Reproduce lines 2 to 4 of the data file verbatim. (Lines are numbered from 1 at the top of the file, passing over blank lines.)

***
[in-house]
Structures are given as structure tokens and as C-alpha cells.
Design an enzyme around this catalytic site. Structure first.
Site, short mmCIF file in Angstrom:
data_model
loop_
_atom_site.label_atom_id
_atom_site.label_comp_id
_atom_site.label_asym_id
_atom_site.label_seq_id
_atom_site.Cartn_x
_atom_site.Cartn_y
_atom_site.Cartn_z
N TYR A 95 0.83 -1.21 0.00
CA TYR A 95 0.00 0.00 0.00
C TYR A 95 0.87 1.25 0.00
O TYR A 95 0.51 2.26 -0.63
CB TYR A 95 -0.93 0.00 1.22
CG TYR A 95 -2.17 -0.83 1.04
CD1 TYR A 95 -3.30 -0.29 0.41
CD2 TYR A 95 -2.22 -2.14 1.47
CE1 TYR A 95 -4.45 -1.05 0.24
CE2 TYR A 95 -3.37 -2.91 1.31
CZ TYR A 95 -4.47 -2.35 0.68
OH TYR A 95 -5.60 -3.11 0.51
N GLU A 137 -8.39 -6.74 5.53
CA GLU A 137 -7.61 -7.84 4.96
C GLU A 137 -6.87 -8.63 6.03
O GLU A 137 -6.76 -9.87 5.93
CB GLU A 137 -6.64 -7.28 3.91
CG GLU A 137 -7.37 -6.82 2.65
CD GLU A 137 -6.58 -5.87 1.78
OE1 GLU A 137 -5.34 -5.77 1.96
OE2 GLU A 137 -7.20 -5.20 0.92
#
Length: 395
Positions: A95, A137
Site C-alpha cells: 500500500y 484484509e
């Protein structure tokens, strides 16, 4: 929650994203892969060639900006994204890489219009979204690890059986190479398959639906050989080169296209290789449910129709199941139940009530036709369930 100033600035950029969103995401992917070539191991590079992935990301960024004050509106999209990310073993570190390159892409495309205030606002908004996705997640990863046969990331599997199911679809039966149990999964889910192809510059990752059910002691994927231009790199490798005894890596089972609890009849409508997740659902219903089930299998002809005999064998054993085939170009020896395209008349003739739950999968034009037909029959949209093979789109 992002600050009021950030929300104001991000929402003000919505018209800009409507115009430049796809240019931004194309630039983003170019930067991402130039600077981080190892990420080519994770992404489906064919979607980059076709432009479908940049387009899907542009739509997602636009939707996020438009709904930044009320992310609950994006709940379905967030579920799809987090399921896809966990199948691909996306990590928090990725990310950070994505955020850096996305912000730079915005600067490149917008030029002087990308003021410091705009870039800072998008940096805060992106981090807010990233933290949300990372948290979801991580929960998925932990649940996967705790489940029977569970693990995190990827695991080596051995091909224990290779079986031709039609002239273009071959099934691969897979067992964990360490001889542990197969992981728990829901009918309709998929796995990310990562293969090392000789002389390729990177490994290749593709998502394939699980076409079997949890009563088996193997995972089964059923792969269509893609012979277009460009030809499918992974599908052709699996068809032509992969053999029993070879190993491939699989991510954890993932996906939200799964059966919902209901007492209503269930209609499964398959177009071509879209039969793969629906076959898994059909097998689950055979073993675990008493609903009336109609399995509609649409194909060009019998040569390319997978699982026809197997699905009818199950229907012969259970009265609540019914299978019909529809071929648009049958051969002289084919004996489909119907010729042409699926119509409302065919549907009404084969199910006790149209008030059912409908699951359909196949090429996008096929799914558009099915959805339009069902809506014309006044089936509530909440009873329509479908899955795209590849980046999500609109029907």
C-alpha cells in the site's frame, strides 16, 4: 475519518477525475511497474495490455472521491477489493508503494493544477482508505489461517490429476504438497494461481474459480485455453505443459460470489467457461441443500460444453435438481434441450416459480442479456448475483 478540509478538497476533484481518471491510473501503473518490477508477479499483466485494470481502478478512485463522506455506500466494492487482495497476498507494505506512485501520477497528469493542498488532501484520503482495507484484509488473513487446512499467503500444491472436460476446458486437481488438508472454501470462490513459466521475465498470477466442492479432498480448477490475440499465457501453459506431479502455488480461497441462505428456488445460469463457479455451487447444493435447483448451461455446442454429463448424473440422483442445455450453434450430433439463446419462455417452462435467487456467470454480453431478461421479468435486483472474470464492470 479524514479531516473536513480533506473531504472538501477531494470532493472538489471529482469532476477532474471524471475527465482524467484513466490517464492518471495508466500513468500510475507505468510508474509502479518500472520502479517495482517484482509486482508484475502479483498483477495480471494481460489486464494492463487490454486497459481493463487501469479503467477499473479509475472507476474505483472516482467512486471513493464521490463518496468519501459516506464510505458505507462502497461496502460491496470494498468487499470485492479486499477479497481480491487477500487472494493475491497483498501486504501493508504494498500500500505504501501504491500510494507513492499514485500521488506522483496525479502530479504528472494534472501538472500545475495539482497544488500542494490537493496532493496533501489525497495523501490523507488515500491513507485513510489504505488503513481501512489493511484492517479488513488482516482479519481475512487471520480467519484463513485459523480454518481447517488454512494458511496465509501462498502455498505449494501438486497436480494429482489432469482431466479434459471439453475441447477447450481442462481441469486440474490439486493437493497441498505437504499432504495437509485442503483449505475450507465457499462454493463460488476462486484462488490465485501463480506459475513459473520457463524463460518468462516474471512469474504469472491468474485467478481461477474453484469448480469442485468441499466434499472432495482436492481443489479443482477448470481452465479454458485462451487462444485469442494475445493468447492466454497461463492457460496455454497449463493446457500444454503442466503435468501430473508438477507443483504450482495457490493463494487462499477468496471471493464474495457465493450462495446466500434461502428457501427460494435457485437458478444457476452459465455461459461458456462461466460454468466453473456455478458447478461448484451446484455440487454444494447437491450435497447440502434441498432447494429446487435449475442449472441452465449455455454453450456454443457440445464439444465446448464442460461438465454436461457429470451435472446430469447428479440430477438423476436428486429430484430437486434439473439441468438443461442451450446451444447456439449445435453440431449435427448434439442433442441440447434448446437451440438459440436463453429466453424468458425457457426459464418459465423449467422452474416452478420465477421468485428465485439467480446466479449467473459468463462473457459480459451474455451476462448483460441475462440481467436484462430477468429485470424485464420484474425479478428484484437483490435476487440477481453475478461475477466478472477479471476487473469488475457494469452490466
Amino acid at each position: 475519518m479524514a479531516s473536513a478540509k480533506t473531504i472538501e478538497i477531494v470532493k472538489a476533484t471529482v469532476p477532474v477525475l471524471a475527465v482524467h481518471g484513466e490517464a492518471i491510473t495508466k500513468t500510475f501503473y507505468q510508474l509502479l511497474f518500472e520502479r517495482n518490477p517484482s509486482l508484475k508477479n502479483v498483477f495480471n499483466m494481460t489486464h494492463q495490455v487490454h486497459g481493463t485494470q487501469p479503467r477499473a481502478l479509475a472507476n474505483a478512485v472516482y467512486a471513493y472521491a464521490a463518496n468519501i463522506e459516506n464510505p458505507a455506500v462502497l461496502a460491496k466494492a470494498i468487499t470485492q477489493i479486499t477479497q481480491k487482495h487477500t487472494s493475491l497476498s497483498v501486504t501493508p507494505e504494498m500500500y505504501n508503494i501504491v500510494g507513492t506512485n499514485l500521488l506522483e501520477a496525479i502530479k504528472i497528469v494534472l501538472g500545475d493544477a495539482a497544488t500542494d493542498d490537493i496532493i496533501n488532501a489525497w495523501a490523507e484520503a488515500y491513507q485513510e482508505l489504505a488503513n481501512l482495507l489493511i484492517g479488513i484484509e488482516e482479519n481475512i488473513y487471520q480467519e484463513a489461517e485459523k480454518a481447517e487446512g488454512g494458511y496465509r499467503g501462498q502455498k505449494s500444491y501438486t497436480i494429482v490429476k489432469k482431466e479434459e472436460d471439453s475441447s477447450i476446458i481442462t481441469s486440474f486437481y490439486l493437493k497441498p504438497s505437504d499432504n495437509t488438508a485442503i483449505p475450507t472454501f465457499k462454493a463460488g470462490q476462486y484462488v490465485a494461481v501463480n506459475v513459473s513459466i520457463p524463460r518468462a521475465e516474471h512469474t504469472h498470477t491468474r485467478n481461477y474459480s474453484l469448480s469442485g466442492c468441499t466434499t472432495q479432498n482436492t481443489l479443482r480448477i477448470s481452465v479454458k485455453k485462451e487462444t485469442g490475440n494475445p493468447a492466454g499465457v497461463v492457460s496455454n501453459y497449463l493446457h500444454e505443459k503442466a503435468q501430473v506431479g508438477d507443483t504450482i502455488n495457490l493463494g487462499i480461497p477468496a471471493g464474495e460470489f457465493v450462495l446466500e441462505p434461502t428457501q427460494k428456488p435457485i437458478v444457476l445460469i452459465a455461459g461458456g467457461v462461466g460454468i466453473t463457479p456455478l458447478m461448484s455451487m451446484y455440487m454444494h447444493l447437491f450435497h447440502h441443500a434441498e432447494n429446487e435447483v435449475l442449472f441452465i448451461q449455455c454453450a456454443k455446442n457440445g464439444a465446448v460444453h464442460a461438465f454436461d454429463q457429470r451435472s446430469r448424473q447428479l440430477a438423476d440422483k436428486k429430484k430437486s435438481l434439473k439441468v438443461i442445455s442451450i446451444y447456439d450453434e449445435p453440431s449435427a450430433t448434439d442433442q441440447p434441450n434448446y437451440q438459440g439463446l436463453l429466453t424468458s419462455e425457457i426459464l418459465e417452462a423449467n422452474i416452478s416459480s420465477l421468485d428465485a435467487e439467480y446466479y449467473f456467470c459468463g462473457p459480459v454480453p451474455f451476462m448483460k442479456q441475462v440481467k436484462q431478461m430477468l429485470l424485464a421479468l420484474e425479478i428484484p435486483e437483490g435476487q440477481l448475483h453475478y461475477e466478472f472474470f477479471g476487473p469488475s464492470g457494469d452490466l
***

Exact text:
Structures are given as structure tokens and as C-alpha cells.
Design an enzyme around this catalytic site. Structure first.
Site, short mmCIF file in Angstrom: